Cannabis is a dioecious annual plant [3] (p. 304) that belongs to the Cannabaceae family, which includes about 170 species [11] (pp. 203–204). With regard to taxonomy, in 1753, Linnaeus began by describing only one species of this plant, Cannabis sativa. Later, in 1785, Lamarck considered the existence of two species of cannabis, Cannabis sativa, which came from the West, and Cannabis indica, which came from India, Southeast Asia, and Southern Africa ([2][11] (p. 236), (pp. 207–208)). Only in the 19th century emerged the reference to a new species of cannabis, Cannabis ruderalis [2] (p. 236). Currently, most authors consider that there is only one species, C. sativa L., which comprises three subspecies, C. sativa subsp. sativa, C. sativa subsp. indica and C. sativa subsp. ruderalis [12] (p. 3) (Figure 1). C. sativa subsp. sativa is a tall, branched plant that can reach more than five meters in height, it produces a large amount of THC relative to CBD and its terpenoid profile gives it a sweet smell. Furthermore, C. sativa subsp. indica, which has wider leaves, only reaches one to two meters in height, produces a similar amount of THC and CBD and its terpenoid profile causes it to have a bitter odor. C. sativa subsp. ruderalis is the smallest plant reaching only one meter in height and producing the least amount of cannabinoids ([11][13] (p. 208), (p. S2)).
Figure 1. Taxonomic organization of C. sativa L.
The drug consists of the flowers of C. sativa L. female plants, because they have more glandular trichomes that accumulate in their interior secondary metabolites responsible for the studied bioactivities, namely phytocannabinoids and terpenoids ([1][3] (p. 413), (p. 304)). The content of these compounds is influenced by environmental conditions like temperature, humidity, presence of pests, and soil composition. Terpenoids are responsible for the characteristic smell of the plant, while phytocannabinoids are defense agents and responsible for the interaction with other species, whether animal or plant [3] (p. 305). However, for medicinal use, the plant’s growing conditions comply with specific guidelines covered by the current legislation in order to produce plants always with the same characteristics and totally free of contaminants, from the soil and from the environment [14] (pp. 1–11).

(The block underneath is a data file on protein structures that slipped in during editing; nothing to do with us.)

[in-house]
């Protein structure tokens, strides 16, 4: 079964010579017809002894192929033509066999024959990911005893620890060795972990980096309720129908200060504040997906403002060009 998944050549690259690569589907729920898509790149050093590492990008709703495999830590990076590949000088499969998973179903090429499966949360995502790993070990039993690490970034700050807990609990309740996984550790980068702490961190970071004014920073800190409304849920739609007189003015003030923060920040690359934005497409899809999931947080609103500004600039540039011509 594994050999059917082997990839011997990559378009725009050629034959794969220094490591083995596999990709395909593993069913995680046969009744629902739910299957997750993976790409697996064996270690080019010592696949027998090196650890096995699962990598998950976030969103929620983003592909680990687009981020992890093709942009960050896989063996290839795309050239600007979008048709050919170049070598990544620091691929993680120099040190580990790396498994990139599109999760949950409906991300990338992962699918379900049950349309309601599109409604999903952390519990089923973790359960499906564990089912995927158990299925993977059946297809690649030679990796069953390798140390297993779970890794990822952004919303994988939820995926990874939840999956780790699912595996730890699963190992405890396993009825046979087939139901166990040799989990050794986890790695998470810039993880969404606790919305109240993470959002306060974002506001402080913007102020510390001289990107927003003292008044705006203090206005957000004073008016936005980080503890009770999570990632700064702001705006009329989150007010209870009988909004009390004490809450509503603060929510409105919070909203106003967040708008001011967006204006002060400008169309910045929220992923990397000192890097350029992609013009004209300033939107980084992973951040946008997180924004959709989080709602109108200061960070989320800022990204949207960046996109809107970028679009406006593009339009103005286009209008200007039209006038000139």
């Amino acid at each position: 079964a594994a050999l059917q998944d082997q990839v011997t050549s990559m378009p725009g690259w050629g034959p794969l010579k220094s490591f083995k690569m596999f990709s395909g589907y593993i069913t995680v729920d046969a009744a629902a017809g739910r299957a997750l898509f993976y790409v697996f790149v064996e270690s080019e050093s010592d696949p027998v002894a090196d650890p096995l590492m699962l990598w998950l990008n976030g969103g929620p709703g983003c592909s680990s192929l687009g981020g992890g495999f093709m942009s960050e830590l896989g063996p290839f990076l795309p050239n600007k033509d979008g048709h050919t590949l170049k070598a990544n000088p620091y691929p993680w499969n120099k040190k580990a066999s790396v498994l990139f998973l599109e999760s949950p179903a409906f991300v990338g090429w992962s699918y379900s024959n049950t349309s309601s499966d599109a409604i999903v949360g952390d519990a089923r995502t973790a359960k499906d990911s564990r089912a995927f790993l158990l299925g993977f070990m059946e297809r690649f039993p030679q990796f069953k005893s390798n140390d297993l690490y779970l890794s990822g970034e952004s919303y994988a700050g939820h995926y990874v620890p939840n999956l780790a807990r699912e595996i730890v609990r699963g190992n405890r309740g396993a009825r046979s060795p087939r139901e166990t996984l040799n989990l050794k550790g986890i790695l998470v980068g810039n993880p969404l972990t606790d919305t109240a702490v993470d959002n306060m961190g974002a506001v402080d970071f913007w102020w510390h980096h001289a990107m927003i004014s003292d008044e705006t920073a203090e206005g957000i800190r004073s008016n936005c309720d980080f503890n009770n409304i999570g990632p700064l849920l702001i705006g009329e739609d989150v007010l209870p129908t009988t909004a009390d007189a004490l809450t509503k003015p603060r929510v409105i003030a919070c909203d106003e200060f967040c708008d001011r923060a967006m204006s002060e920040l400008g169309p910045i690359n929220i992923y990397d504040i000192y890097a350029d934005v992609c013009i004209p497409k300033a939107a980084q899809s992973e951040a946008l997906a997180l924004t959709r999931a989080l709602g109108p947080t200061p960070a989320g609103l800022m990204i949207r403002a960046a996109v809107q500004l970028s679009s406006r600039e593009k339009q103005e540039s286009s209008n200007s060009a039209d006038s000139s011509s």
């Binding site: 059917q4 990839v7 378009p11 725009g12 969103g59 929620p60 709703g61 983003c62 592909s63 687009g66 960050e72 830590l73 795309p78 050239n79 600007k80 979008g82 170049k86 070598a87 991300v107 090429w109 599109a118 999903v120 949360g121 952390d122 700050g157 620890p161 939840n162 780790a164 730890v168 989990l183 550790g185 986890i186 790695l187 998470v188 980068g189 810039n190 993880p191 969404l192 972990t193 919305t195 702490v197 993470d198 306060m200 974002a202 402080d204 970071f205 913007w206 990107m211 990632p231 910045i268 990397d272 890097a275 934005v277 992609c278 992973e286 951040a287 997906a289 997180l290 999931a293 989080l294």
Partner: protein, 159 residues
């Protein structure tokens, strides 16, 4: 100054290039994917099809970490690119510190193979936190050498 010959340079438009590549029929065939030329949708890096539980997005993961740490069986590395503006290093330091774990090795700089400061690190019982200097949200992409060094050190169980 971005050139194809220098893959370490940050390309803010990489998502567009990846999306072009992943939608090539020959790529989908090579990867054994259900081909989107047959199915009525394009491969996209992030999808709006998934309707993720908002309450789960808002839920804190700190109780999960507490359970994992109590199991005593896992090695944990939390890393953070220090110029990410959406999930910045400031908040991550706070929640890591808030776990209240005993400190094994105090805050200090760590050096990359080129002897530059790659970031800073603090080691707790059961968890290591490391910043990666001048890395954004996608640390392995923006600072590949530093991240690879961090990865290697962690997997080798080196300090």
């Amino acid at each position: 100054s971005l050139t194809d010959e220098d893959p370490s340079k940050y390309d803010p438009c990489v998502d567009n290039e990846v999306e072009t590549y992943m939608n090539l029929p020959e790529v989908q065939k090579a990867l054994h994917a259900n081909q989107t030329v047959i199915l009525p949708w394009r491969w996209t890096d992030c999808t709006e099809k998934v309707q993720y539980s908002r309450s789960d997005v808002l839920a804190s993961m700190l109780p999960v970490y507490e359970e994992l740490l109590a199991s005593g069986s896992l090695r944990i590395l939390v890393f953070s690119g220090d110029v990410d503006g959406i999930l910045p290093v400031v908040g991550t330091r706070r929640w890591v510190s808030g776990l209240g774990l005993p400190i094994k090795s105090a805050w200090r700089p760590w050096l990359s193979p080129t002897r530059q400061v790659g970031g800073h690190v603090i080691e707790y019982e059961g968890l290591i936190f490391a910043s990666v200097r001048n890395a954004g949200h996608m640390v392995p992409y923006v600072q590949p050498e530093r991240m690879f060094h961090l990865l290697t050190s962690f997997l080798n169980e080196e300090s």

3. Endocannabinoid System

The endocannabinoid system is involved in the organism’s homeostasis [1] (p.413) through the modulation of multiple organs comprising the cardiovascular (CVS), central nervous (CNS), peripheral nervous (PNS), endocrine, reproductive, immune and digestive systems ([15][16] (p. 2) (p. 554)).

3.1. Cannabinoid Receptors

The two main receptors of the endocannabinoid system are the cannabinoid receptor type 1 (CB1), encoded by the CNR1 gene which is made with 472 amino acids, and the cannabinoid receptor type 2 (CB2), encoded by the CNR2 gel and composed of 360 amino acids [17] (p. 2). Both are G protein-coupled metabotropic receptors ([18][19] (p. 2), (p. 3)) and their expression varies depending on the body region [16] (p. 559).
The CB1 receptor is found mainly in CNS neurons with high expression density in the basal ganglia, cerebral cortex, hippocampus, and cerebellum [17] (p. 5). Thus, it is involved in motor control, cognitive functions, movement coordination, learning, and memory. It is also expressed in PNS and peripheral tissues, namely, in sympathetic nerve terminals, gastrointestinal tract, lungs, musculoskeletal tissue, reproductive and immune system, among others [16] (p. 559). Furthermore, its hepatic and cardiovascular expression increases in the presence of pathological conditions [17] (p. 5).
In turn, the CB2 receptor is mostly found in peripheral cells of the immune system [20] (p. 1140) such as the spleen, tonsils, and thymus [16] (p. 559). It is also expressed in lower concentrations in the pancreas, liver, bone marrow, bones, and skin [21] (p. 3). At the cerebral level, it is found in low amounts, however, in inflammatory states, its expression increases both in microglia and in other glial cells [3] (p. 309).

3.2. Endocannabinoids

The most studied endocannabinoids are N-arachidonylethanolamine or anandamide (AEA) and 2-arachidonylglycerol (2-AG) [3] (p. 308). AEA is known to be a high-affinity partial agonist for the CB1 receptor and with very low affinity for the CB2 receptor, while 2-AG is a full agonist with low to moderate affinity for the two cannabinoid receptors [17] (p. 2).